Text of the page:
I would differentiate between some books. If you simply want to learn how to calculate things, for instance because you are interested in physics, I'd recommend to you the book "Geometry, Topology and Physics" by Nakahara which has a very good part on Riemannian goemetry. However, it may contain more than you actually want to know.
The book with which I have really understood Riemannian Geometry was Jürgen Jost's "Riemmanian Geometry and Geometric Analysis". However, it might require some prerequisites that you haven't got so far.
Alternatively, you could read Do Carmo's book. It is very concisely written and features some nice examples.
I would not advise you to read the Gallot-Hulin-Lafontaine because some of the proofs are simply only outlined. For a person that begins learning Riemannian geometry this could be very discouraging. However, I admit that the great advantage of this book is the number of exercises.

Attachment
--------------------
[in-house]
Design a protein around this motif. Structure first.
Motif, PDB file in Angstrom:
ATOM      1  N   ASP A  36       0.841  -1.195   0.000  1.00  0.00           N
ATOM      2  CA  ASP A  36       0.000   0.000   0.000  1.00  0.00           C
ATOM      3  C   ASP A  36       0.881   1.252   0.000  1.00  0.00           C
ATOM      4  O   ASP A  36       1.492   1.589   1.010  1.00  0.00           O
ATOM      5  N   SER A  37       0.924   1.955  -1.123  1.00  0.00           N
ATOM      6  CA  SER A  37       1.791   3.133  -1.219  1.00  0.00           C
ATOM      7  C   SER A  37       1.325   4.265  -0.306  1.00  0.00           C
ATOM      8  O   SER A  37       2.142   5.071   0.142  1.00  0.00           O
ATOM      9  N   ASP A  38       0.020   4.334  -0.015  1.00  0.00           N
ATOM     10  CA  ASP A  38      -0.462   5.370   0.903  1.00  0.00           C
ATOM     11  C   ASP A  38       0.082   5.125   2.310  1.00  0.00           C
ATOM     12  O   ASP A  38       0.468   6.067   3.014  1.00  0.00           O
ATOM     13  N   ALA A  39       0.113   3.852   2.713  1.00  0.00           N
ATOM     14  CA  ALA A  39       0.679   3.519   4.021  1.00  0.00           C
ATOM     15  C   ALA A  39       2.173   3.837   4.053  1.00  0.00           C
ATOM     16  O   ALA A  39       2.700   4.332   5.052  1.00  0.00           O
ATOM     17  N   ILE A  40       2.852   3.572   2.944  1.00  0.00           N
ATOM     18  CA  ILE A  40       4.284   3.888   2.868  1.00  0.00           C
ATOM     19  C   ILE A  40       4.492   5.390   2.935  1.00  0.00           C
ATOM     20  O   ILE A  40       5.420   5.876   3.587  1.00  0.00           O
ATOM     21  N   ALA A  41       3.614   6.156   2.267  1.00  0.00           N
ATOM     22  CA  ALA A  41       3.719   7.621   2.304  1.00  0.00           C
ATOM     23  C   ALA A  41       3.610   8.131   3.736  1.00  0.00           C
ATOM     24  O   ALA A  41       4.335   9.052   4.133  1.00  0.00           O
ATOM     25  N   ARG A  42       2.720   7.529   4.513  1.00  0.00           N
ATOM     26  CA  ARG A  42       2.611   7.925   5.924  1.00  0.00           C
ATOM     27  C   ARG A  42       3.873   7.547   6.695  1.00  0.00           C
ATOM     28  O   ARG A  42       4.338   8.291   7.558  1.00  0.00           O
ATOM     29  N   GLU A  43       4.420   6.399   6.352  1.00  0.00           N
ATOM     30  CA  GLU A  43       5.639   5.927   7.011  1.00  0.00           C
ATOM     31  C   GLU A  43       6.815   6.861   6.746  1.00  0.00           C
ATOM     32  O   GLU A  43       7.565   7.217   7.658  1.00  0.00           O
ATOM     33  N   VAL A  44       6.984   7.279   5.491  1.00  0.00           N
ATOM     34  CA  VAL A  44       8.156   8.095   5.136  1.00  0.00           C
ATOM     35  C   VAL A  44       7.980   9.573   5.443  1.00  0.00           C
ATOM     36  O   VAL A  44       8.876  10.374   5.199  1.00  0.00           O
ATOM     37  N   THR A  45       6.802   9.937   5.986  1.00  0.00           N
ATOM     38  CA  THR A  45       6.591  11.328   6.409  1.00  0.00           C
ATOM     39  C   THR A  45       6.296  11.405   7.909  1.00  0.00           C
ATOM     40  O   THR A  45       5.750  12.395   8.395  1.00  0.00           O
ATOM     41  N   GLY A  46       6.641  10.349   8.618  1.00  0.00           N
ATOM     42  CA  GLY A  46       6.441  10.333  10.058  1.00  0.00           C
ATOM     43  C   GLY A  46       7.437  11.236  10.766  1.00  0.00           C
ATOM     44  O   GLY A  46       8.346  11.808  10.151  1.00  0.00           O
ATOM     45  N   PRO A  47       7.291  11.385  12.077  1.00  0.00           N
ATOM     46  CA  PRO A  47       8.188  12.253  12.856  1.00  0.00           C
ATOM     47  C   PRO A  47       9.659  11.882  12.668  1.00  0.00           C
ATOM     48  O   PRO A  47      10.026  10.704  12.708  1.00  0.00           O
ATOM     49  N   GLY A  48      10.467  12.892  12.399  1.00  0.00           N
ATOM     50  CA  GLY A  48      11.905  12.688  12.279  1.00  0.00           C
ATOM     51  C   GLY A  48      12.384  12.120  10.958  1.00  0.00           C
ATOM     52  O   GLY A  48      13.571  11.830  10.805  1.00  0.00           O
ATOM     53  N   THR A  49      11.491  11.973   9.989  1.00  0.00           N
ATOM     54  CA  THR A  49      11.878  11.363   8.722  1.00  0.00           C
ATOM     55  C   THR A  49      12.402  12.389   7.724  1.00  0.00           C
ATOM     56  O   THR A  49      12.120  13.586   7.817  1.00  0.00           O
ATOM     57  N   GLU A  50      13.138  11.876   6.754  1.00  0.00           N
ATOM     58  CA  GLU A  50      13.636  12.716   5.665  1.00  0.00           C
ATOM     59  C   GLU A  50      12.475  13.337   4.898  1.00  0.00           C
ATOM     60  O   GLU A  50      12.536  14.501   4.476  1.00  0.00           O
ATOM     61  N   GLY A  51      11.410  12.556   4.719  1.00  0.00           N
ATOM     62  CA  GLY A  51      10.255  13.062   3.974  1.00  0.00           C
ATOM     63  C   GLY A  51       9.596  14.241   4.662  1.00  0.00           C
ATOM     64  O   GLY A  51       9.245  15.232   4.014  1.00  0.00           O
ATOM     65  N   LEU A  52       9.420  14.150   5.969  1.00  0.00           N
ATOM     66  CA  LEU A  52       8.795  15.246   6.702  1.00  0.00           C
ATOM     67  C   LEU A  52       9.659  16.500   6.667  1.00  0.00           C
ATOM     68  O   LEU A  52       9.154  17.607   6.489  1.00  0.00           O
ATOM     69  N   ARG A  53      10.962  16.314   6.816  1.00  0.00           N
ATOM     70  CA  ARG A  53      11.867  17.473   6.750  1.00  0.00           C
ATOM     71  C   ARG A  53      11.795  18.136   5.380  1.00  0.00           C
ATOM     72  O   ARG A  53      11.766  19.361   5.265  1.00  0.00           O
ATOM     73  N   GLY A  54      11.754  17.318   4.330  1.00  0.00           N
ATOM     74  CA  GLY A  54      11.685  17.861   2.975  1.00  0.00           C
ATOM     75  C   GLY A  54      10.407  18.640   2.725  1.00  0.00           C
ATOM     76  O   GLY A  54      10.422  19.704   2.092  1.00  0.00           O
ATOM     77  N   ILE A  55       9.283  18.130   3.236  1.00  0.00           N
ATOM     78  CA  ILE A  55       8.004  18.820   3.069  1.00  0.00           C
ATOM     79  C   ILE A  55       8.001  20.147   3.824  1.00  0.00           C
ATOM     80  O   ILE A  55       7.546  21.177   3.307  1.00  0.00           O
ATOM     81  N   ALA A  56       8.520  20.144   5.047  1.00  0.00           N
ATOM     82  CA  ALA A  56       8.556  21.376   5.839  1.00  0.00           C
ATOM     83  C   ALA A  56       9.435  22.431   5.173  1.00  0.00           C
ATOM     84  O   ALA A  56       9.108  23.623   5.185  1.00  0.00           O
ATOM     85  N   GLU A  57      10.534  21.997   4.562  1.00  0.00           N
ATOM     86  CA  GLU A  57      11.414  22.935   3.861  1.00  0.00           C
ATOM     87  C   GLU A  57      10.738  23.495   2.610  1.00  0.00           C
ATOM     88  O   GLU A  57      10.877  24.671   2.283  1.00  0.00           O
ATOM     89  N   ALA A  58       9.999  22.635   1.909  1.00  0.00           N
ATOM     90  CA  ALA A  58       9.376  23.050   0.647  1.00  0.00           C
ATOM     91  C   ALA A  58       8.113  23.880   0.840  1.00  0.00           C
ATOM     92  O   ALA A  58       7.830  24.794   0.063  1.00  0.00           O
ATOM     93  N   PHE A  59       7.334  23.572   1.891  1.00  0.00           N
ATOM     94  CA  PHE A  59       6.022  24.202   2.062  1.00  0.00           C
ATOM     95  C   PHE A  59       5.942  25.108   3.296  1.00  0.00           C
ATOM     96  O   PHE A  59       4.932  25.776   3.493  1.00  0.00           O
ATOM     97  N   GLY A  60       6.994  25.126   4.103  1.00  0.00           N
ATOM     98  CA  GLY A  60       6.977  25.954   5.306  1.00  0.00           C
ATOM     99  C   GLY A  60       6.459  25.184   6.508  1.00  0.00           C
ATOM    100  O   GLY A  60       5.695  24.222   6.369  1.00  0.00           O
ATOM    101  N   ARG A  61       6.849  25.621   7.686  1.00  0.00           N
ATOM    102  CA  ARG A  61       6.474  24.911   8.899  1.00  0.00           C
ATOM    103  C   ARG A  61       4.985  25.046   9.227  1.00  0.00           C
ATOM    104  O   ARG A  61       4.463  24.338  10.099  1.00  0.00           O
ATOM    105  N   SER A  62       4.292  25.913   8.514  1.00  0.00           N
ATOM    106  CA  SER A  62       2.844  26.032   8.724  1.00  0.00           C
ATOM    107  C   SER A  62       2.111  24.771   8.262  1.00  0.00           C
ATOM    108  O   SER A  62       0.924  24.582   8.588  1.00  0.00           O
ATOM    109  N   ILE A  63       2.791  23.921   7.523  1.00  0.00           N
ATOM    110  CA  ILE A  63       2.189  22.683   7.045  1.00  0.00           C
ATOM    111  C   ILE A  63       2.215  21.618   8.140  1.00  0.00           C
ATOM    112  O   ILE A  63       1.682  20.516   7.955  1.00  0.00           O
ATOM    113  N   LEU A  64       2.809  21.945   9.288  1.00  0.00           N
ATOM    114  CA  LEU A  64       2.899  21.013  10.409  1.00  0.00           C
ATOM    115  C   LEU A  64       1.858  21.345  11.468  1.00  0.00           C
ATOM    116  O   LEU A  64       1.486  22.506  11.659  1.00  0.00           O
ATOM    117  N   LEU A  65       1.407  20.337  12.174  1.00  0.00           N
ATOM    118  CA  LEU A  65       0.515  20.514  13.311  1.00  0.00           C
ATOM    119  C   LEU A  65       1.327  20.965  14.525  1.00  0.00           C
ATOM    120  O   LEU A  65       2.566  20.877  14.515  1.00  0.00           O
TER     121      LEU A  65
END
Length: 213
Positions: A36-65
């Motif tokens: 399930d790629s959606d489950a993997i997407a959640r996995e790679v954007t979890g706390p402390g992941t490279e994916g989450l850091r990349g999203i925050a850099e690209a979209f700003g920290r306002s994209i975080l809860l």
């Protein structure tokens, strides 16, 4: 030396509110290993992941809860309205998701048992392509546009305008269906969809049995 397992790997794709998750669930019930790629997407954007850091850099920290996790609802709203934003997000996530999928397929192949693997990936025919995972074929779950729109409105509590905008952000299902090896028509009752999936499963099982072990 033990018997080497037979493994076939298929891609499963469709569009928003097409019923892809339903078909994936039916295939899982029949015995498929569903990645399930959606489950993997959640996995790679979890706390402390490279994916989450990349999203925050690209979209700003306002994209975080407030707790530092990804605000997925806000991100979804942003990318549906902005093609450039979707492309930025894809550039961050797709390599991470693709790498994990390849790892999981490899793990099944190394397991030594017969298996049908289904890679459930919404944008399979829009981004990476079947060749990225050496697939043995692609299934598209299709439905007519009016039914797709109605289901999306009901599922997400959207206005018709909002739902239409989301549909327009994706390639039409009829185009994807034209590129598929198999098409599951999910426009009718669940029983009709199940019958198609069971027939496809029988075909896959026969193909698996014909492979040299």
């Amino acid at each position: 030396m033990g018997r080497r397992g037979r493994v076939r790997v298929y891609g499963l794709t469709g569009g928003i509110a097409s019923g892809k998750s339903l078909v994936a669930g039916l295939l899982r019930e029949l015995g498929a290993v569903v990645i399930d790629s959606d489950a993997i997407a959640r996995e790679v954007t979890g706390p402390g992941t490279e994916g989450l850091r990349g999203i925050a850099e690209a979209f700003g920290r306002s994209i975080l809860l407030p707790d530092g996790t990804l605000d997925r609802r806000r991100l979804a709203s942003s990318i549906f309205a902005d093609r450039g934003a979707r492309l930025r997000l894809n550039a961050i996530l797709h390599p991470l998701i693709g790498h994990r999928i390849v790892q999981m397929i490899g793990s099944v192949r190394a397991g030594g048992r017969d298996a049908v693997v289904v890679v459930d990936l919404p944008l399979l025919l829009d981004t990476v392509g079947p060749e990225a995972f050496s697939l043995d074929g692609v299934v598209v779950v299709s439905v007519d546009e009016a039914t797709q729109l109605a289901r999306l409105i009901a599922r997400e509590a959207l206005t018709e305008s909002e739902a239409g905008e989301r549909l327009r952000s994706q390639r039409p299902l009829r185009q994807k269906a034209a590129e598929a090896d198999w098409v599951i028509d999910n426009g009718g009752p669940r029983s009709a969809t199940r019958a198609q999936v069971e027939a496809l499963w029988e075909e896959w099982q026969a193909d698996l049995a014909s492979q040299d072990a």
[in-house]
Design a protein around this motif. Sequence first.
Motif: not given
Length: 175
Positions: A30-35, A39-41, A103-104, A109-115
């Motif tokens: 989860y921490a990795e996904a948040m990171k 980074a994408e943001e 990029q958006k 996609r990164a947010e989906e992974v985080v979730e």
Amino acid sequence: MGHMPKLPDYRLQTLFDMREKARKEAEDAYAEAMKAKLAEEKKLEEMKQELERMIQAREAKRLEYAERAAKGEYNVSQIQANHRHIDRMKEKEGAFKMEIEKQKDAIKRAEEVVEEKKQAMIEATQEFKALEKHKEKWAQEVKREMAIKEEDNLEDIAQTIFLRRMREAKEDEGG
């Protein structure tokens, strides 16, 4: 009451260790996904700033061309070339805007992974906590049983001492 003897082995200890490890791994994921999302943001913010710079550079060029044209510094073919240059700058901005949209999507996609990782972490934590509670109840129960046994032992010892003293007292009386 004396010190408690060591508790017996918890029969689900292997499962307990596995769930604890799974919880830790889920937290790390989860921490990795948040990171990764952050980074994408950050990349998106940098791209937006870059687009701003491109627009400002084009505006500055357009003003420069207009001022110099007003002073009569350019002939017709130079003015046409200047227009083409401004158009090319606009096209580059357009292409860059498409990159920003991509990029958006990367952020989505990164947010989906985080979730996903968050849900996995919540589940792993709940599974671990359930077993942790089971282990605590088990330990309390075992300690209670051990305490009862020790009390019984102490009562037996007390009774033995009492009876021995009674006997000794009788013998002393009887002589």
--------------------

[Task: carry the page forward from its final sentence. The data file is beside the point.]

Something I want to add because I really want to advertise one book: Riemmanian geometry by Takahashi Sakai. If you once have got the basics, this books takes you further. A quantum leap further. But you really need the basics. I would use this book for a second course in Riemmanian Geometry, assuming the student's familiarity with differentiable manifolds and fiber bundles and a first course in Riemannian Geometry, such as for instance material covered in Jost's book in the chapters 1-4.

A Panoramic View of Riemannian Geometryas a textbook, but while you work through some textbook, it is nice overview of some of topics. $\endgroup$ – Ben McKay Mar 27 '16 at 10:36